How to Find a Job While Taking Care of the Kids: 7 Tips For Parents

Finding a job is hard. Finding a job when you have limited time to search is even harder.

Looking for a job is a job in itself. It requires time, focus, and the persistence to handle rejection. The COVID-19 pandemic has upped all those factors, made every opening seem more out-of-reach, and added one more layer: you’re doing it — and everything else — from home while taking care of your kids.

Being a parent is nothing new, but when you were going to an office, separating your two lives was easier. Women have been handling this duality seemingly forever, but you’re new to it and its disconcerting. “There’s exposure as a working parent. You have to contend with that now. You never had to deal with it before,” says Danna Greenberg, professor of organizational behavior at Babson College and co-author of Maternal Optimism.

Finding a job right now requires finding time and privacy to do the work, using what limited time you have in the right ways and addressing your parental balancing act, all in the hopes of finding a company that supports you. Here are some tactics to help you find a job while also parenting.

Focus on Your Network

You don’t have endless hours to search. Hitting apply on job boards — the “spray and pray” approach to job finding — is a waste of time, says Emma Brudner, head of people at Reggora. Instead, it’s smart to focus on building your network with both new people and reaching out to old colleagues. That ups the chances of you being referred when a job pops up — the golden ticket for entry. “Companies don’t want to have strangers, and if you’re an employee referral, you’re not a stranger,” adds Mark S. Babbitt, CEO and founder of YouTern.

Create Your Cover Letter

Yeah, yeah: the letter should be clean and typo-free. But it’s not a listing of the responsibilities section. If the job calls for organization and keeping executives on task, make the letter a timeline of your day. 6:55 a.m.: Check email and news. 7:15 a.m.: Make bullet points for meeting. 7:30 a.m.: Don’t spill coffee. It doesn’t have to be long but it shows the asked-for skills. No, you don’t have to do this, but something like this is useful. Because what it says, per Brudner, is “there’s not just a person behind it, but there’s a personality.”

Remain Flexible

A lot of people are looking for work right now, so stay open to temporary or contract jobs. You might fear it will keep you from getting a full-time gig. This is certainly possible, says Kimberly Prescott, founder and president of Prescott HR, but it’s just as likely that you’ll be holding out for something that may never come. Taking something is a way in. Even if it’s not, it prevents resume gaps, keeps your skills sharp, builds up your network, gives you insight into another company, and brings in a paycheck. These are all good things.

Control the Pace

When offered a job interview, you want to immediately accept it so you don’t appear difficult. But if it’s high activity time in the house, you have to say, “I appreciate the call. That’s a busy time for my kids, and I want to give you full attention. Could we do it … ?,” Babbitt says.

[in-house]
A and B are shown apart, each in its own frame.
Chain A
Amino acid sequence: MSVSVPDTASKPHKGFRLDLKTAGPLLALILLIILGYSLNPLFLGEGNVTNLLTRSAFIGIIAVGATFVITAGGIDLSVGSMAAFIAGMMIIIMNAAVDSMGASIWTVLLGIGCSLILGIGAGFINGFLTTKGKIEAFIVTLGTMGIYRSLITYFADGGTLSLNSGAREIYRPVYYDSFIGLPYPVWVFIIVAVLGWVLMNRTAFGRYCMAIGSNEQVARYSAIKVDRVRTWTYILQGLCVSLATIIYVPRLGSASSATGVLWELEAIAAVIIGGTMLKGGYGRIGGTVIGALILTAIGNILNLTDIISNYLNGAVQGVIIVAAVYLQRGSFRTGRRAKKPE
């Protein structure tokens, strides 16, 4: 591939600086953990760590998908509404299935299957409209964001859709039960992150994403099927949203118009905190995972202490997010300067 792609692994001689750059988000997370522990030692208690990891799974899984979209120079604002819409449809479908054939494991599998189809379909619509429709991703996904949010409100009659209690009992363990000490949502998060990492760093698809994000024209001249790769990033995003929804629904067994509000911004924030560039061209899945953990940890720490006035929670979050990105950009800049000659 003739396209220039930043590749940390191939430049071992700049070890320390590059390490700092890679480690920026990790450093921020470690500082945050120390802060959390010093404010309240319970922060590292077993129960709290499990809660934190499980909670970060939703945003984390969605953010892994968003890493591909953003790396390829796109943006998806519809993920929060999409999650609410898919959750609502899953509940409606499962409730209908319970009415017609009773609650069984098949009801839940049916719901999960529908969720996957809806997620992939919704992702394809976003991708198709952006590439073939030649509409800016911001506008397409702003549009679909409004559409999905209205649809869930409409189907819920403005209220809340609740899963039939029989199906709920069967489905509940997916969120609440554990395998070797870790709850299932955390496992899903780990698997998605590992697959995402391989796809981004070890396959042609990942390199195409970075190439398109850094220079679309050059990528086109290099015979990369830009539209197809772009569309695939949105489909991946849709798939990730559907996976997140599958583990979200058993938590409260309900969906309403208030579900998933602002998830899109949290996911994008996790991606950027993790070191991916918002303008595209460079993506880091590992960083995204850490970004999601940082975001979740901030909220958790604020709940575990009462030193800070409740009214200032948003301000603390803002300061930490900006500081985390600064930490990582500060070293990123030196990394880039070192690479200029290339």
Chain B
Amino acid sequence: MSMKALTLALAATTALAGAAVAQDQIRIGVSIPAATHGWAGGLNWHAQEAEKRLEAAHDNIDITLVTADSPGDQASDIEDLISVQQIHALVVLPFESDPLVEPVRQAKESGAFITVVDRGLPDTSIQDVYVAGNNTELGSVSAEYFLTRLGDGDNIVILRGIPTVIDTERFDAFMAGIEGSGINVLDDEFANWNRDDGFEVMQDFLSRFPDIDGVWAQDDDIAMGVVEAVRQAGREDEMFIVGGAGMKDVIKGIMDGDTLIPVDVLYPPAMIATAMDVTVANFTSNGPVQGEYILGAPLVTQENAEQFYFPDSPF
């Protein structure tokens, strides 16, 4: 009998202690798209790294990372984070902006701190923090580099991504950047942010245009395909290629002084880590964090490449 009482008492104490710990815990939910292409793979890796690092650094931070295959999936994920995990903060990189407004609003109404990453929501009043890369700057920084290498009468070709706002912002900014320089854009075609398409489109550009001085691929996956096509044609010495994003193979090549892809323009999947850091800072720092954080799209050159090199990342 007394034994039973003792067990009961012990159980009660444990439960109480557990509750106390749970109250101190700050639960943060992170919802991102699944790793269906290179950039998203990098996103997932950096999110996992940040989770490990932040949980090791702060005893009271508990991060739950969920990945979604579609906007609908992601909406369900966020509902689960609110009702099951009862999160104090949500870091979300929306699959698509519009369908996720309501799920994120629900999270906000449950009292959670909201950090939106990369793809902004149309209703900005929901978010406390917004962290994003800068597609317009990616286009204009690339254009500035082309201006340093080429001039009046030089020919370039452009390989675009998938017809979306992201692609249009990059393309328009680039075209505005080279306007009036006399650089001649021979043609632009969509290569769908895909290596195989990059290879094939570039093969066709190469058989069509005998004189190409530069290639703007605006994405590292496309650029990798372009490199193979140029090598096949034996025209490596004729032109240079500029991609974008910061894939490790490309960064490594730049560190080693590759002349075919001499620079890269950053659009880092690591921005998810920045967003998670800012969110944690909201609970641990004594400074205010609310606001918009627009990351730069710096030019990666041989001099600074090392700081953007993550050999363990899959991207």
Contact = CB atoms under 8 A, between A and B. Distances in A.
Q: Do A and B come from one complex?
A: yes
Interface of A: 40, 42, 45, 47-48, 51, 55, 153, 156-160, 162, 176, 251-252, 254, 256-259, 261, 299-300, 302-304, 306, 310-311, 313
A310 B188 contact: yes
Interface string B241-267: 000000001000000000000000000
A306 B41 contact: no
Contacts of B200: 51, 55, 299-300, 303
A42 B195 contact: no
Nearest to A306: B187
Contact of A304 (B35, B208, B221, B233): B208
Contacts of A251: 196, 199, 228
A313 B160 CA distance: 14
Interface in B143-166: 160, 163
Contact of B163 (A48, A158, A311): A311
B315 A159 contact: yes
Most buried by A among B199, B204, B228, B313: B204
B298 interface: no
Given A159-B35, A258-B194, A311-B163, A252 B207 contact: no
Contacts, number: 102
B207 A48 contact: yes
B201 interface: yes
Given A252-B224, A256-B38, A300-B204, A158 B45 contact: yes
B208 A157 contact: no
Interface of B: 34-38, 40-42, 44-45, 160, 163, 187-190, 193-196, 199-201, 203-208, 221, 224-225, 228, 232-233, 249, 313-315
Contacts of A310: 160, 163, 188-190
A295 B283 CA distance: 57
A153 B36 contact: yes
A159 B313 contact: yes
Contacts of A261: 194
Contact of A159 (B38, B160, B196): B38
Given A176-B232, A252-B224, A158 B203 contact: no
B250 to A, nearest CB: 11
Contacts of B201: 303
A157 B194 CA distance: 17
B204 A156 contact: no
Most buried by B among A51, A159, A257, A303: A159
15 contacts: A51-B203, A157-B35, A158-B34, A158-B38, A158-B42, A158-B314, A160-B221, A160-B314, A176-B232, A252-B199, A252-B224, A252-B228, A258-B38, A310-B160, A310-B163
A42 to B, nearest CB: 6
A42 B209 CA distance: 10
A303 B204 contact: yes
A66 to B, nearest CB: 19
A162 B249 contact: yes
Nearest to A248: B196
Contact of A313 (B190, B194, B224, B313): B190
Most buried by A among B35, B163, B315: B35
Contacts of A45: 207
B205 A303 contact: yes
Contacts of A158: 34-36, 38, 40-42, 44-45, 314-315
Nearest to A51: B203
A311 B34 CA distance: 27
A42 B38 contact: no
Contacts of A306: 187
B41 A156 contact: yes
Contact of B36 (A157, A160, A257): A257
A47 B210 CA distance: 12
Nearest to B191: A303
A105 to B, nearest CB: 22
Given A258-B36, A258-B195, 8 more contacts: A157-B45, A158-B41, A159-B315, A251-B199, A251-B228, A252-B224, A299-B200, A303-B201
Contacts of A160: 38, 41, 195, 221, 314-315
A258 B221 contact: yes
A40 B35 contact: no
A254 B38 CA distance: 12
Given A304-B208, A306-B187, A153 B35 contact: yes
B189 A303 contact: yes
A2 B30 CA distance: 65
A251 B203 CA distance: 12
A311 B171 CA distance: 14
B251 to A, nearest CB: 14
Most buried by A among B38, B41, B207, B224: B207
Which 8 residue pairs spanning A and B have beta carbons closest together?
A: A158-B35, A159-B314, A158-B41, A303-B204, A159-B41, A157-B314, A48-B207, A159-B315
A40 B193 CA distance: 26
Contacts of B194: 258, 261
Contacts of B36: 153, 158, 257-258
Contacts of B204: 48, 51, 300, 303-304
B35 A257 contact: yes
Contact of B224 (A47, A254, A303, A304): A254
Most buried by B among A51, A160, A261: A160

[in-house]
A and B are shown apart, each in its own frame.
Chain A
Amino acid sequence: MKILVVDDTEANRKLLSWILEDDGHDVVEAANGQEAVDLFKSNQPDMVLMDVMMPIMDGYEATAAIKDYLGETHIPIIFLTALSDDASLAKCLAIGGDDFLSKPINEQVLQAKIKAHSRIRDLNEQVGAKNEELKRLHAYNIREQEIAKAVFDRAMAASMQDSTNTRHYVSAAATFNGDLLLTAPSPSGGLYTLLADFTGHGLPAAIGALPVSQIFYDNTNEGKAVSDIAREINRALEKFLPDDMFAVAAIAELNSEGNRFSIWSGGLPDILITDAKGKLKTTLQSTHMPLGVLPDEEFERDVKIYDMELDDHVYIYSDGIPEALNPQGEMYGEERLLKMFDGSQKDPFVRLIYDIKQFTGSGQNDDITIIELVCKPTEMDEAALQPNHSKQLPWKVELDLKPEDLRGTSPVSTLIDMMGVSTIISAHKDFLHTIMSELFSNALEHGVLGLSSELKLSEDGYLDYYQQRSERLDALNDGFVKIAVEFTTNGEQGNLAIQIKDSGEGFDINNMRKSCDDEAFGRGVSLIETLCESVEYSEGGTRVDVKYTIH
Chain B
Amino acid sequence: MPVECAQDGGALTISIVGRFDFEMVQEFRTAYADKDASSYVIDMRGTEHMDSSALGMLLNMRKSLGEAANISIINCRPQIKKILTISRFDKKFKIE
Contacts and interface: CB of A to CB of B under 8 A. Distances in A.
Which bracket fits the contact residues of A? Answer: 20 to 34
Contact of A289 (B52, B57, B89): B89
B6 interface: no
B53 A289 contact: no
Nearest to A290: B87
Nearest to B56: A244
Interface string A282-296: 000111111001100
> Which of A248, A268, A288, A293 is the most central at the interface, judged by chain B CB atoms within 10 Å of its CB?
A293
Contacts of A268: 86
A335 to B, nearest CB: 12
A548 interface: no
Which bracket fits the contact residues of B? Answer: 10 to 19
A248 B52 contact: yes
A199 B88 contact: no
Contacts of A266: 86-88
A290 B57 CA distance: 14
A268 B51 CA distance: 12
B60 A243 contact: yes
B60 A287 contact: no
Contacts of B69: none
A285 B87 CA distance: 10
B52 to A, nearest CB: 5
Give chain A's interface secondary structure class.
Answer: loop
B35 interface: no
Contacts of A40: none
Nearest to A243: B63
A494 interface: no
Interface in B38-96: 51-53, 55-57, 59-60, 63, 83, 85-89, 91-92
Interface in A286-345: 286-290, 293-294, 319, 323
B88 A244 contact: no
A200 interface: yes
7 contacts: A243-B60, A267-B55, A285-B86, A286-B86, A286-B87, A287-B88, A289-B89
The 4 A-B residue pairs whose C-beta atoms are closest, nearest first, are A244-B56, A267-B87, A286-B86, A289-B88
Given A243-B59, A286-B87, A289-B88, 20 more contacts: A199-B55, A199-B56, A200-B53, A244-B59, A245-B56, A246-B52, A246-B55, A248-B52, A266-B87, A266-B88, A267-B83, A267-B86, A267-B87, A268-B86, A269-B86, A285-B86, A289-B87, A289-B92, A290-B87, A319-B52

Schedule it when they’re at school, napping, or your partner can be in charge, and when the interview happens, thank the manager for being flexible, say that your kids are set, and you’re ready to talk. It all shows management, confidence, and that, “I’m able to be 100 percent focused. ‘Let’s go,’” he says.

Clean Up Your Act

In-person interviews gave hiring managers the chance to read body language. Now they round out your picture by scanning social media activity. Should they look at your Facebook page? No, but still put your settings on private, says Prescott. And on LinkedIn, stay away from banter about politics, unfounded rumors, and calling people, “Snowflakes.” None of that distinguishes you in a positive way.

Instead, spend 10-20 minutes a day reading LinkedIn posts, liking them, and commenting with some related experience or advice. (That often brings in new connections.) Eventually, it becomes, “Oh I know that person,” Brudner says. Prescott adds to particularly do it with companies that you want to work for. Overall, you’re building your presence and showing what your thought process would bring. And, it’s a free platform open at any time. “This is your opportunity to shine,” Prescott says.

Be Authentic

You can plan everything, but you know that with kids the unexpected is bankable, and the prospect can throw you off your game. Calm yourself by realizing that you don’t have to hide it. If you’re on an interview and the interviewer makes a mention of his of her kid situation, empathize with, “I understand. I got the same,” then get right to business, Greenberg says.

If nothing gets acknowledged up top, and an interruption happens, say, “Give me a minute. My child needs me,” then, “I appreciate your understanding.” It’s the ultimate showing of, “I got this,” she says.

Just don’t apologize, Brudner adds. It’s your reality, one that isn’t changing anytime soon. If you don’t feel a supportive vibe, file that under Good Info to Know, because if it’s like that in the interview, it won’t be better after you’re hired, Babbitt says.

Be Sure to Ask About Family Friendliness

The interview is a mutual assessment of fit, so after an offer comes – after – ask, How does the company support working parents? How many working parents are on the team? Can I talk to one of them? Managers have been thinking about this topic. If they haven’t, it’s another good bit of intel, and there’s never going to be an easier to ask. Do it. “What used to be hidden is now in-our-faces obvious,” Greenberg says.